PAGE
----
INDIAN TRAIL – For a couple years, The Moser Group and Greystar have been working on plans with the town for The Hub – a phased-out project under development at the northeast corner of Nelson Lemmond Drive and Shady Bluff Road, near Chestnut Square Park.
Plans were already approved for a hotel neighboring the Taco Bell and Walgreens near East Independence Boulevard and North Indian Trail Road, as well as for a first phase of 350 apartments. Now, developers are seeking approval for Phase II, which would drop 280 apartments on 8.66 acres between the hotel and Phase I.
Mackenzie Moser, a broker with The Moser Group, presented Phase II of Elan Apartments May 18 to the planning board. Since the proposed tract of land between Chestnut Square Park and U.S. 74, near downtown, is one of few left in Indian Trail that does not touch residential neighborhoods, Moser believes it's ideal for attracting a station along the extension of the upcoming LYNX Silver Line light rail.
“We want to enhance the property so that the density is approved to attract the Silver Line,” Moser said, “which we believe would be a huge benefit to Indian Trail, and would draw the retailers and office users and the jobs that fit into Indian Trail's vision.”
What's for sure is the 26-mile Silver Line will connect Matthews to uptown and UNC Charlotte, but the Charlotte Area Transit System has also discussed an extension into Union County from Central Piedmont Community College's Levine Campus in Matthews. The Moser Group wants to create a hotspot so dense and walkable near downtown Indian Trail that staff and planners can use it to influence that tip of the Silver Line's alignment.
Since one condition of the rezoning says construction can't start on Phase II until Phase I wraps up, Moser said Greystar won't break ground until 2022 or 2023 at the earliest. But things could take longer. Indian Trail planning director Brandi Deese shed some light on how issues with water/sewer could put a pause on plans.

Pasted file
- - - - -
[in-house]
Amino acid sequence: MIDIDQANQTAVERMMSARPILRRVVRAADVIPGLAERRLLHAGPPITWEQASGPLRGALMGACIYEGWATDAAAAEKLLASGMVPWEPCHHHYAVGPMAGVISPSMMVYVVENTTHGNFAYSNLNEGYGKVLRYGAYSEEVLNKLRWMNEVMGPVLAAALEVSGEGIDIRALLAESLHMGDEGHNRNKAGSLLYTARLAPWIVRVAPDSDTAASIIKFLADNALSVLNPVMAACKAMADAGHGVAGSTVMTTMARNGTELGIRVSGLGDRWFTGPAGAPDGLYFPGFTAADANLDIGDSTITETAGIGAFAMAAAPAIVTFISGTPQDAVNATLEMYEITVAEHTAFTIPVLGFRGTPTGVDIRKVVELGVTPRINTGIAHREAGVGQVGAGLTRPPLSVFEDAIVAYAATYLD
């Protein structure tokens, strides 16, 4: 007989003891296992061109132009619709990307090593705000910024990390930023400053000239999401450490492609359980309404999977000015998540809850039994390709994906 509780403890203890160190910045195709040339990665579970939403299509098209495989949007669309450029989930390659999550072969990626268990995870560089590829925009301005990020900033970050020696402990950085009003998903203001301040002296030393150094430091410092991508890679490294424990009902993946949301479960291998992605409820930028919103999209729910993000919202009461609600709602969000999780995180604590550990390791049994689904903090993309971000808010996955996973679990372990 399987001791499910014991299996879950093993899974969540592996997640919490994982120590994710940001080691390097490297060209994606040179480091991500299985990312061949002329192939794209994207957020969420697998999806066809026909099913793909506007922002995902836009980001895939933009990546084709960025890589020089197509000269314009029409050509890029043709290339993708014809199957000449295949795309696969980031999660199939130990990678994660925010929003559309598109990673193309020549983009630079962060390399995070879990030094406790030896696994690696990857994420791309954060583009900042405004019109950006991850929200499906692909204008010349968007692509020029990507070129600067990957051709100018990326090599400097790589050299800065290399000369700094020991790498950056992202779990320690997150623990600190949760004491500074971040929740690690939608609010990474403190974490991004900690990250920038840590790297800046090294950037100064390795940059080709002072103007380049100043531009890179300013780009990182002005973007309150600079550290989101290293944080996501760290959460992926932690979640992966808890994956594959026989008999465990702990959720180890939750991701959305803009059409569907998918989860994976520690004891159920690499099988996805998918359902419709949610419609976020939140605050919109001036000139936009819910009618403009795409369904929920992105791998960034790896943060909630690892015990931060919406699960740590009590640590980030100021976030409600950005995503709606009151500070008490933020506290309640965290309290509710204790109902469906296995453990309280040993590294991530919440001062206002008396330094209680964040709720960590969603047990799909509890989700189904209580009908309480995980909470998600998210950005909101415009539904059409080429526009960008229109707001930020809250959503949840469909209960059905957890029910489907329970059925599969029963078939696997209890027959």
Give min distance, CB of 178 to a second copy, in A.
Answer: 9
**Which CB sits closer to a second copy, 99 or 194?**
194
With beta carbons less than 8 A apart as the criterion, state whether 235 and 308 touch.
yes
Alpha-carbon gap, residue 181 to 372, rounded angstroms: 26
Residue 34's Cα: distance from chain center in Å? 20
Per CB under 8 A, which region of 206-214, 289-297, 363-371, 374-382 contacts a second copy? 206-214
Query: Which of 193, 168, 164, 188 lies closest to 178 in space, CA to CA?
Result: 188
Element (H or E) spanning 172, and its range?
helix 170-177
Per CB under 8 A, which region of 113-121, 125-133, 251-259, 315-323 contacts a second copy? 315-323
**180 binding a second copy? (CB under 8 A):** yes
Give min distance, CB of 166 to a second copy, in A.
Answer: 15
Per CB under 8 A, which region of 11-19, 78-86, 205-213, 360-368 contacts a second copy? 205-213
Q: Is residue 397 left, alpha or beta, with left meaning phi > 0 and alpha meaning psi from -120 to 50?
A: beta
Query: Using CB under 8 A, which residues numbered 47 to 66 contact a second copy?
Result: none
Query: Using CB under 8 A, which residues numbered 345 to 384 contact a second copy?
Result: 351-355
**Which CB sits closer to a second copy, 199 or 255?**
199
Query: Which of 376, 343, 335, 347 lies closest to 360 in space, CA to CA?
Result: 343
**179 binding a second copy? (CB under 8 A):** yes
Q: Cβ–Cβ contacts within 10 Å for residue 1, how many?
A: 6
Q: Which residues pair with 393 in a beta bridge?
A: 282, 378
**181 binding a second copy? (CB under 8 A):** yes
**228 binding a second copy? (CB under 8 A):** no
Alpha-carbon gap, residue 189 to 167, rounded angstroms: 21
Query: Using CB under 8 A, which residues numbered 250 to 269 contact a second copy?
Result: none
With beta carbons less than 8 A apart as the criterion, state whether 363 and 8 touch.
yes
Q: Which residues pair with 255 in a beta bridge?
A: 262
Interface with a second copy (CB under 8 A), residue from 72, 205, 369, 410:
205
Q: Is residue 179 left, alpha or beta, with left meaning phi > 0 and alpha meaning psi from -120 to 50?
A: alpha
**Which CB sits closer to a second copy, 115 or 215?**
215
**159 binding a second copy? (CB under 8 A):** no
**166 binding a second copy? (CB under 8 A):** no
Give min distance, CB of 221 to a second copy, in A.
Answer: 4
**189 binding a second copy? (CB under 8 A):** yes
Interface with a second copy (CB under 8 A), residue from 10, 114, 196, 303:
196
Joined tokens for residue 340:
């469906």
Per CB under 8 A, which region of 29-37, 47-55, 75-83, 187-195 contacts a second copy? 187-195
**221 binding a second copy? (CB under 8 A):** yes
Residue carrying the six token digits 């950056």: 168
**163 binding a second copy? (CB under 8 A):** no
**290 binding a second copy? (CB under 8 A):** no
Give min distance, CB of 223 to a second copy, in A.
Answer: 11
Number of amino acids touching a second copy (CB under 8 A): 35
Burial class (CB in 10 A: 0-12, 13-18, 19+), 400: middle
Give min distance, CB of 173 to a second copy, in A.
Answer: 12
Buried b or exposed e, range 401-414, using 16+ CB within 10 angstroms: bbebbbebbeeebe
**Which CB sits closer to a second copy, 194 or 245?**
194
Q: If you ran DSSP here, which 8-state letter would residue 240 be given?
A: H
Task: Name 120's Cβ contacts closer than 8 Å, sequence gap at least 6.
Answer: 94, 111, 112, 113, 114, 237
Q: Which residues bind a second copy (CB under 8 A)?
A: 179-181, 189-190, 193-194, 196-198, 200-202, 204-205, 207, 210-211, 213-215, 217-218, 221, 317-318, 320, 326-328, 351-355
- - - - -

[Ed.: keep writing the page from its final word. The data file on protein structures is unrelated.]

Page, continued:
“The town is actively working with Union County and some of the other municipalities within Union County for an interlocal agreement,” Deese said. “I think that's what the county's looking for in order to move forward with some potential funding for some solutions for this wastewater treatment facility.
“They've already made some improvement for Twelve Mile, which impacts some of our jurisdiction, but most of our jurisdiction flows to Crooked Creek. The town is working hard with the county to come up with solutions, so the worst-case scenario is seven to 10 years, but we really just don't know at this time.”
Moser told planning board members the land is in good hands in the meantime.
“We take pride in all of our properties, so we have a full staff seven-days-a-week maintenance team that would make sure the property is maintained, even until the apartments could be built,” Moser said. “We've been in Union County and Indian Trail for a long time. My dad actually started the Moser group 30 years ago, and he's crazy OCD about landscaping and maintaining properties.”
An updated December 2020 traffic impact analysis by Kimley-Horn and Associates determined that a new traffic signal would have to be installed at Chestnut Parkway and U.S. 74. Someone will also have to improve the existing U-turn intersection there. According to Matt Kirchner of Eagle Engineering, whether the responsibility falls on developers or NCDOT depends on timing.
"Those lights might be installed by DOT if they end up ahead of this project," Kirchner said. "If they're not, we'll install them when this project goes on, so whoever's first will install those lights and right turn lane."
Calculations for a school impact study determined the project could add 204 students to local schools.
“That would actually probably be a little bit less,” Matt Ward, Indian Trail senior planner, told planning board members. “It was the same school study that was used with the first two phases. They've reduced the unit size down 20 units, so it probably should make that number better.”
The reason buildings were cut back in more recent drafts was to make space for a clubhouse and resort-style pool. Plans for other amenities include a coffee bar, fitness center, dog park, fire pits, grilling and lounge areas.
Moser foresaw Elan serving “graduates and young professionals.” One-, two- and three-bedroom apartments would range in price from $1,075 for 560 square feet to $1,800 for 1,460 square feet.
As plans remain up in the air due to COVID-19, Moser is pushing forward. Indian Trail Town Council was slated to hear new plans for the hotel May 25.